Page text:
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The Polyomaviridae have small icosahedral virions that contain a genome of approximately 5,000 bp of circular double-stranded DNA. Polyomaviruses infect hosts ranging from humans to birds, and some members of this family induce tumors in test animals or in their natural hosts. We report the complete nucleotide sequence of simian agent 12 (SA12), whose natural host is thought to be Papio ursinus, the chacma baboon. The 5,230-bp genome has a genetic organization typical of polyomaviruses. Sequences encoding large T antigen, small t antigen, agnoprotein, and the viral capsid proteins VP1, VP2, and VP3 are present in the expected locations. We show that, like its close relative simian virus 40 (SV40), SA12 expresses microRNAs that are encoded by the late DNA strand overlapping the 3′ end of large T antigen coding sequences. Based on sequence comparisons, SA12 is most closely related to BK virus (BKV), a human polyomavirus. We have developed a real-time PCR test that distinguishes SA12 from BKV and the other closely related polyomaviruses JC virus and SV40. The close relationship between SA12 and BKV raises the possibility that these viruses circulate between human and baboon hosts.
The polyomaviruses are a family of viruses characterized by small circular double-stranded DNA genomes and by 45-nm icosahedral particles consisting only of protein and nucleic acid. Some members of the family, such as budgerigar fledgling disease virus (BFDV), goose hemorrhagic polyomavirus (GHFV), and pneumotropic polyomavirus, cause lethal diseases, while others, such as hamster polyomavirus and murine polyomavirus, induce tumors in their natural hosts (11, 13, 14, 15, 17, 18, 21, 31, 35). In other cases, exposure to polyomaviruses results in a lifelong persistent infection with no clear symptoms. This is the case for the two known human polyomaviruses, BK virus (BKV) and JC virus (JCV), and for the monkey virus simian virus 40 (SV40) (12). In fact, a majority of humans harbor asymptomatic BKV and JCV infections. However, JCV can cause progressive multifocal leukoencephalopathy in humans that are immunocompromised, and several reports have linked BKV with hemorrhagic and nonhemorrhagic cystitis and nephropathy that are linked to immunosuppressive transplant therapy (4, 9, 16).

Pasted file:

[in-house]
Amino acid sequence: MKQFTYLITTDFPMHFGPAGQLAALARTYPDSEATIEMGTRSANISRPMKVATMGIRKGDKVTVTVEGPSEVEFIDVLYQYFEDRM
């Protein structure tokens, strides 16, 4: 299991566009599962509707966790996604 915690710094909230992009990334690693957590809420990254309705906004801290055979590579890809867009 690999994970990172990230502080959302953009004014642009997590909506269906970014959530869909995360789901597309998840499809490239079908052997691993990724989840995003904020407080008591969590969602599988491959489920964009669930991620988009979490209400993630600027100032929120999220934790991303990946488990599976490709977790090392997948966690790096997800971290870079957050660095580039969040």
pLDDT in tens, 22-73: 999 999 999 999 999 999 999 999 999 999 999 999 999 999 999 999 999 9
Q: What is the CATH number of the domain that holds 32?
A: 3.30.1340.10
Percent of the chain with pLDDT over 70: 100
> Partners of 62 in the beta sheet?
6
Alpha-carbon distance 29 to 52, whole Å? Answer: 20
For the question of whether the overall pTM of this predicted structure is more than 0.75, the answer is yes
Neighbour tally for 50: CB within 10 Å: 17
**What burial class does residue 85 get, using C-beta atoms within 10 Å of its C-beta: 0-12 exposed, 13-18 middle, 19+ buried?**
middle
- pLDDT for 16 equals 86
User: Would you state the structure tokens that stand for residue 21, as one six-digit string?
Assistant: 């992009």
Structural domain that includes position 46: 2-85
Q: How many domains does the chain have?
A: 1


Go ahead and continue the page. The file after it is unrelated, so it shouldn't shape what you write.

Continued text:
Although over 11 polyomaviruses have been identified thus far, SV40 and murine polyomavirus are the best characterized. This is because they were the first identified members of the family and because both viruses are easily propagated in culture, where they undergo a well-defined productive infectious cycle. Following attachment to a specific receptor and transport of virions to the nucleus, viral chromatin is released and the early viral promoter is activated by the cellular transcription apparatus. This results in the synthesis of the viral early proteins, the tumor antigens or T antigens. The multifunctional T antigens function to drive the infected host cells into S phase, activate transcription of the viral late promoter, initiate and maintain viral DNA replication, and inactivate host defense systems. Consequently, new viral genomes are replicated and the virion proteins (VP1, VP2, and VP3) are expressed. The result is the assembly of about 300 infectious virions per cell.
SV40 is about 50 to 60% identical to murine polyomavirus DNA, and protein coding region identity ranges from 50% to 70% for the two viruses. SV40 is most closely related to BKV and JCV, with protein coding region identity ranging from 60 to 70% for JCV and 70 to 80% for BKV. While the protein coding regions of SV40, BKV, and JCV are very similar, each of these viruses has a distinct regulatory region. Specifically, the transcriptional enhancers that lie to the late side of the viral origin of DNA replication (ori) are virus specific. This observation leads to the speculation that polyomavirus host range might be determined by the compatibility of viral promoter elements and the cellular transcription apparatus.
Simian agent 12 (SA12) was first isolated from cultured kidney cells derived from Cercopithecus pygerythrus, the South African vervet monkey (20). Subsequently, it was found that a high percentage of Papio ursinus monkeys, chacma baboons, were seropositive for SA12 (41). Like other polyomaviruses, SA12 transforms cells in culture (40). Early studies demonstrated that SA12 is a polyomavirus closely related to SV40, JCV, and BKV (3, 19, 23, 32, 33). SA12 is more distantly related to a second nonhuman primate polyomavirus, lymphotropic polyomavirus (LPV) (24). In fact, limited sequence analysis indicated that SA12 is most closely related to BKV (8). Since that time, BKV and JCV have emerged as important human pathogens. Thus, as a step toward gaining a better understanding of the genetic elements that govern polyomavirus host range and to develop reagents that distinguish SA12 DNA from other polyomaviruses, especially BKV, we determined the complete sequence of a laboratory strain of SA12.